Dusty Slay: Having a Good Time
Written by Eric Mitts. Photo: Dusty Slay.


Right at the start of his first one-hour special for Netflix, Dusty Slay admits that being a comedian is the best job he’s ever had. And he’s had many.

Titled Workin’ Man, the standup special finds Slay delivering his signature style and Southern charm, while telling stories about some of the worst jobs he’s ever had, including the better part of a decade when he used to sell pesticide.

“These were not very hard manually, but they were the worst,” Slay told REVUE recounting the absolute worst jobs he’s ever had. “I was a bellhop at a fairly nice hotel in downtown Charleston (South Carolina), and I also attempted to be a timeshare salesman. And those were the worst. I lasted longer as a bellhop, than I did at the timeshare thing, but they were both pretty awful. The timeshare one was the worst, though… I just think the turnover rate there was insane because, there’s people that I know that did it and made a lot of money, and some of them seem like very nice people, but it’s just kind of a sleazy job, and I just couldn’t do it.”

An honest, blue-collar man, Slay grew up in a trailer park in Alabama, surrounded by very poor, but very funny people. After narrowly missing out on joining the army following an arrest at 19 – a surprisingly hilarious story he’s retold onstage – Slay drank his way through most of his 20s, and is grateful to have a treasure trove of comedic gold from his childhood in the form of boxes of VHS home videos taken by his dad.

“Home videos are kind of like time travel for ruined childhood memories,” Slay said. “You know, I feel like our memories, sometimes we remember things better than they were. And then you go back and you see that memory on video, and you go, ‘Oh, this is really not that great. Was it? Like it’s Christmas, and our dad’s yelling at us.”

A father of two himself now, Slay said his parents didn’t have any strict expectations about what he would do growing up, and they are pumped about his comedy career now, adding that they’re probably happiest that he stopped drinking in 2012, something he credits as the best decision he ever made, and the most important part of his success as a comedian ever since.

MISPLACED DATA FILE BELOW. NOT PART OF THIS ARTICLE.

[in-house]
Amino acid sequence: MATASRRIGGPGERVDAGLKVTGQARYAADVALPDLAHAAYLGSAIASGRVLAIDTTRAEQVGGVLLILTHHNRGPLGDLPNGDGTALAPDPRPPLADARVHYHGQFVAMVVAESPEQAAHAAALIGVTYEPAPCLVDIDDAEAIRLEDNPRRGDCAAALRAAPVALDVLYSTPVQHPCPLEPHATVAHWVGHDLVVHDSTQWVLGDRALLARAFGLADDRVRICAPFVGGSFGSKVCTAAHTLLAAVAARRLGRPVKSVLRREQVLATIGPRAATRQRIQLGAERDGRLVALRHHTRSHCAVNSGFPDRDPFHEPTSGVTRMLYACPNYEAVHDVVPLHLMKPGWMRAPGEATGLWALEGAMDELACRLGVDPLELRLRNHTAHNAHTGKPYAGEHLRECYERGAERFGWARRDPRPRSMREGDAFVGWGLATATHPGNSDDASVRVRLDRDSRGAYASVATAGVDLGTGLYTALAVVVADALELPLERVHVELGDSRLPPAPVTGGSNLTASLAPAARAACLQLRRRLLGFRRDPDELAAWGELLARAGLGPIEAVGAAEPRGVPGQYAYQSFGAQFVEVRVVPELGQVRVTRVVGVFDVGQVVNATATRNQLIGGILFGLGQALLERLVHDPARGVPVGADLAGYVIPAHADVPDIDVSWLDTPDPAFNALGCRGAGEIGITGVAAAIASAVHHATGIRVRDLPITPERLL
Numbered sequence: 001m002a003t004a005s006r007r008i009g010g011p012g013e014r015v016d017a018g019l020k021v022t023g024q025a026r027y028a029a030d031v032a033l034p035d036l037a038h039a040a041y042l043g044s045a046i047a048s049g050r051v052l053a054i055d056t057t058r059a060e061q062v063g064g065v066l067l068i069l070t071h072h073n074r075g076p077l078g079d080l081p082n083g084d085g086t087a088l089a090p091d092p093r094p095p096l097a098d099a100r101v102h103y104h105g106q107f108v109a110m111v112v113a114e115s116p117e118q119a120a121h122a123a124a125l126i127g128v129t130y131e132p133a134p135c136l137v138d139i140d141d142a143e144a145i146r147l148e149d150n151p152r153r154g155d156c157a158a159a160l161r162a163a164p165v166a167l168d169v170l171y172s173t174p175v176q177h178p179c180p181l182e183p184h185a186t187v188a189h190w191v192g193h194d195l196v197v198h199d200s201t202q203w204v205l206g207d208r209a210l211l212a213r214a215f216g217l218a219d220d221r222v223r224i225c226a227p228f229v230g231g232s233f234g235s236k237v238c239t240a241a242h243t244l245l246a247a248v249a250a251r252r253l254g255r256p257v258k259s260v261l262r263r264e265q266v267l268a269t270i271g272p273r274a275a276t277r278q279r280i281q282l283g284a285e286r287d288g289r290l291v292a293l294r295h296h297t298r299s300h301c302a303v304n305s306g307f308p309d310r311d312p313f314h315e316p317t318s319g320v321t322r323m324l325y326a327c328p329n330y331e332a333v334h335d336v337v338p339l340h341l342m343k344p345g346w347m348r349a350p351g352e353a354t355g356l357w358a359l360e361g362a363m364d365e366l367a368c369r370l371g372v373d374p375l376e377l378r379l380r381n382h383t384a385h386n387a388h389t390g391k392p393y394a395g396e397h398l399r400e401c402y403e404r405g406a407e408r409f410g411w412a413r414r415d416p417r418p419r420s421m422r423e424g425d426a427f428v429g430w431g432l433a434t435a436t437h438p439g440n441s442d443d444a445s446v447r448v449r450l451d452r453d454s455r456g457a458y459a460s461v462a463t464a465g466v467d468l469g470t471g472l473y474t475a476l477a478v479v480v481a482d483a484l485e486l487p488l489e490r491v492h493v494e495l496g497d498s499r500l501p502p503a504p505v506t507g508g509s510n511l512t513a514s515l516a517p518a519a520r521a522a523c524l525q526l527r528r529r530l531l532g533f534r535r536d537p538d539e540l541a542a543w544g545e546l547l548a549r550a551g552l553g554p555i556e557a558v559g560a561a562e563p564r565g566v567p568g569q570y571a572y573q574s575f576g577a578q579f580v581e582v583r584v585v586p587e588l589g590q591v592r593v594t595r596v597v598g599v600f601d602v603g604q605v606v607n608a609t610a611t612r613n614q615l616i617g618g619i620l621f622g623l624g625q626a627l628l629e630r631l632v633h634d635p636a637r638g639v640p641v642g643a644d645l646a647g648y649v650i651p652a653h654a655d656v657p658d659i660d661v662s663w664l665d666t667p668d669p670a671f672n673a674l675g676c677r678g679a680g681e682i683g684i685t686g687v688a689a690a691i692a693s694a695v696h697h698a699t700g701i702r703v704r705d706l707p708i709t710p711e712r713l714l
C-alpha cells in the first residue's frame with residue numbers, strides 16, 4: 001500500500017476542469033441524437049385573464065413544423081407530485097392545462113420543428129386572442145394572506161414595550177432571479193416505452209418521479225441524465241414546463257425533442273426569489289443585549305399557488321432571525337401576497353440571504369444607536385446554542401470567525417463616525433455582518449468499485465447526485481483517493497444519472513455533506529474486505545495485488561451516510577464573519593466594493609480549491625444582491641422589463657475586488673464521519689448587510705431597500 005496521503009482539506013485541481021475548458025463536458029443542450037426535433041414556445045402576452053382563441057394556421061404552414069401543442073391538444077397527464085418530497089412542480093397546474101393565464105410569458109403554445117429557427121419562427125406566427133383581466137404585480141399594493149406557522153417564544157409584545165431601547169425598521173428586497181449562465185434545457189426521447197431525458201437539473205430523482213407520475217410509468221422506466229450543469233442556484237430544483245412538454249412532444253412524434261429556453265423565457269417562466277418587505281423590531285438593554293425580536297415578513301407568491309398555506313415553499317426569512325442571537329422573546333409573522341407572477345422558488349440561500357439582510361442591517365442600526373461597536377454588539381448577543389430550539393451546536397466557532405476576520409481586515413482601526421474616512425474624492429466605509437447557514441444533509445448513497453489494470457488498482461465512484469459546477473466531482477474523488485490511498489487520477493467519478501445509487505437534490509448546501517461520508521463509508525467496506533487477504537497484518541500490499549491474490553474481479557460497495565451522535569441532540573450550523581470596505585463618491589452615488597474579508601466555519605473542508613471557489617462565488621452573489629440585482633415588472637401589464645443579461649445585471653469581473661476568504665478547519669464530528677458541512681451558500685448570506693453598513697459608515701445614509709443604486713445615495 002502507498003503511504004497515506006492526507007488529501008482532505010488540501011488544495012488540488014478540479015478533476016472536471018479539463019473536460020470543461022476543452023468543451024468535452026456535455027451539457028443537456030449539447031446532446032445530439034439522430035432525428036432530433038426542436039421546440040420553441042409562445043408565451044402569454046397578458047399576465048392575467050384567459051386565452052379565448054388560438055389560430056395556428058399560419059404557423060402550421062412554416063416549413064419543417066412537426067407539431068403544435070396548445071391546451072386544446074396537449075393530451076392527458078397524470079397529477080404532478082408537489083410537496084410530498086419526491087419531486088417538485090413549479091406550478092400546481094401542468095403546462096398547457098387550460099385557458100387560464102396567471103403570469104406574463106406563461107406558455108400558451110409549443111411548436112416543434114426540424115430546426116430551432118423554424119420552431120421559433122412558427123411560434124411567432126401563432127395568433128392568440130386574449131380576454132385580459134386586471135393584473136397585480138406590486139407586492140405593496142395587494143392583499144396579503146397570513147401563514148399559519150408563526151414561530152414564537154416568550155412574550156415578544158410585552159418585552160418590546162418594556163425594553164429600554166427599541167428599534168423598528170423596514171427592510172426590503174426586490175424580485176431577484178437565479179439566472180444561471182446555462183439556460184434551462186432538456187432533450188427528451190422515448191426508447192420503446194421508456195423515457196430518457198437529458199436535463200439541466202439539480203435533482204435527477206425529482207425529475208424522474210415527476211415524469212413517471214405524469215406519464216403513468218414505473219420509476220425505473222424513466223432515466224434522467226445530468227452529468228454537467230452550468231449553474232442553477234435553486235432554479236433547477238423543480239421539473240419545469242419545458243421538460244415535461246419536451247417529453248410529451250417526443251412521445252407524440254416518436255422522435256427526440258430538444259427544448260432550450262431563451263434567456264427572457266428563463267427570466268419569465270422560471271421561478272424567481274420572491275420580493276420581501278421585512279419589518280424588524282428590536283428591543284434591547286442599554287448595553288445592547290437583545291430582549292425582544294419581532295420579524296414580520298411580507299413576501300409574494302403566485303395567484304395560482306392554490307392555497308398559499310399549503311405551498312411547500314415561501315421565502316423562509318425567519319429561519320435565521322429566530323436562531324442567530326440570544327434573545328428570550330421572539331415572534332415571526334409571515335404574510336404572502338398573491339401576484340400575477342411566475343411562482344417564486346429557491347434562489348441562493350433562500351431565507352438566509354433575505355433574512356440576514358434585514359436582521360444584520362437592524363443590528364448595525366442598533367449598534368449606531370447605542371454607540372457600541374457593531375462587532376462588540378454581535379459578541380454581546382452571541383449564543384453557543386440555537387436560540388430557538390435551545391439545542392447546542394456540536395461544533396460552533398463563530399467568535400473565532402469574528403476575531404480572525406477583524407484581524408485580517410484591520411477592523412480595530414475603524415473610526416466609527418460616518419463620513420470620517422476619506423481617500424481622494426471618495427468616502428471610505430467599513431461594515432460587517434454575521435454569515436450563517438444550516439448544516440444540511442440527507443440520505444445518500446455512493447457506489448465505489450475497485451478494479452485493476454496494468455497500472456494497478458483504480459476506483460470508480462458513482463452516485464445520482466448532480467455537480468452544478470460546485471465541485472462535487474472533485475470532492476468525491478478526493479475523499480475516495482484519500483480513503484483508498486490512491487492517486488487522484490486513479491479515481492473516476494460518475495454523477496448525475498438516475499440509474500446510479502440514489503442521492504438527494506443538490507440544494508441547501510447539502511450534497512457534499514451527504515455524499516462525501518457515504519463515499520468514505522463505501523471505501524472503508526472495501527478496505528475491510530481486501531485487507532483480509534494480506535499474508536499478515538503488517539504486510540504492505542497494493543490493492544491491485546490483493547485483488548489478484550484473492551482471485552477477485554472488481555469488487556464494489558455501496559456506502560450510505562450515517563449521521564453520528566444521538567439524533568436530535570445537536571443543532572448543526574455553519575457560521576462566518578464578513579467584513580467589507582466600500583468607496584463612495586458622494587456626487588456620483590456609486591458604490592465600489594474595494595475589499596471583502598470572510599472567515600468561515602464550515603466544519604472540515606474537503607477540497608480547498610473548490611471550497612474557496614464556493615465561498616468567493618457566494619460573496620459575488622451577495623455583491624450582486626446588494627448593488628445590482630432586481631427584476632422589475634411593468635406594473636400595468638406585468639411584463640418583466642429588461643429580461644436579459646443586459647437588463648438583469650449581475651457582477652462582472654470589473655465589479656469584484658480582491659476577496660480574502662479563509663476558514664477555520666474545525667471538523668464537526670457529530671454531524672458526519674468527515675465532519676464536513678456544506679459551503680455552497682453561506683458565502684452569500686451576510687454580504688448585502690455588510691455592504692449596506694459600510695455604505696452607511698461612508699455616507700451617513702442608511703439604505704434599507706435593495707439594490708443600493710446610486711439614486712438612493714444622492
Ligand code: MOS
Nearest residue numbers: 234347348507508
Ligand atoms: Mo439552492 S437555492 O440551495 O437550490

“But that’s also debatable,” he said. “I was probably more fun of a person when I was drunk all the time, so it’s debatable. I think my parents sometimes think, ‘Man, lighten up, have a drink.’”

Talking with comedian friends who knew him before and after he got sober, Slay said it’s almost like he’s two different people. So when he recounts stories in his act from his binge drinking days it’s almost like he’s talking about another guy.

But that doesn’t mean he’s going to stop making jokes about that period of his life anytime soon.

“I’m just gonna milk all my alcoholic stuff and trailer park stuff for as long as I can,” Slay said when asked if parenthood and settling down during the pandemic has changed him as a comedian. “And then once I run out of material, I’ll have to get into the kids’ stuff. I got a joke or two. But I think that even just having kids has made me do some comparisons with my childhood and remember some things.”

Not a clean comic per se, Slay prides himself on making jokes that aren’t appropriate for kids, but are still alright if they happen to overhear while listening in the car.

“I had this joke I was working on about all these stores that have these dirty names, like Dick’s Sporting Goods,” Slay said. “I’m just making a joke about these businesses. And I’m like, it actually sounds really dirty. What am I doing right now? And my whole point is how, I’m like, ‘Don’t name your store Dick’s, you know?’ Actually, I’m complaining about it, but it’s a pretty dirty bit. So I’ve stopped doing it right now, and I don’t really know what to do with it. So that’s kind of what I do. If I have a joke that’s on a subject, and the subject is a little dirtier, I just try to find the cleanest way to do it.”

After winning Best Local Comedian and winning the Charleston Standup Comedy Competition two years in a row back in South Carolina in 2012, Slay set out on making comedy his fulltime job. He said it took him another six years before he made any decent money at it, grinding away gig after gig.

“I think that just anywhere outside of New York, LA, Chicago, people act like you can’t do it if you don’t live in those places,” Slay, who now lives in Nashville, said. “I don’t know anybody that’s done it the way that I’ve done it. I don’t know anybody that stayed in the South and ended up on ‘The Tonight Show.’ I did ‘Jimmy Kimmel’ without any representation. And while living in Nashville, I don’t know anybody that’s done that. And then I got Netflix, and I’ve never lived in New York or LA, I’ve been able to do these things, and it’s a real blessing for sure.”

Now with over half a million followers on TIkTok, and co-hosting the “Nateland” podcast with superstar Southern comedian Nate Bargatze, as well as his own podcast, “We’re Having a Good Time,” with his wife, former comedian Hannah Hogan, Slay continues to kill onstage and online.

“I’ve got a completely new hour,” he said about his act since the release of his special. “So every joke that I’m doing now is completely new. At least it’s not on the special. I’ve got a couple of jokes that are a little older that there’s a possibility I’ve done them before in Grand Rapids, but definitely not on the special. So even if you have heard it at this point, it’s going to be better. You’ve definitely not heard this version of it.” 

Dusty Slay
Dr. Grins, 20 Monroe Ave. #3f, Grand Rapids
June 13-15, 8 p.m. (Thursday), 7:15 p.m. and 9:45 p.m. (Friday and Saturday), $20-25
Grinstix.com, dustyslay.com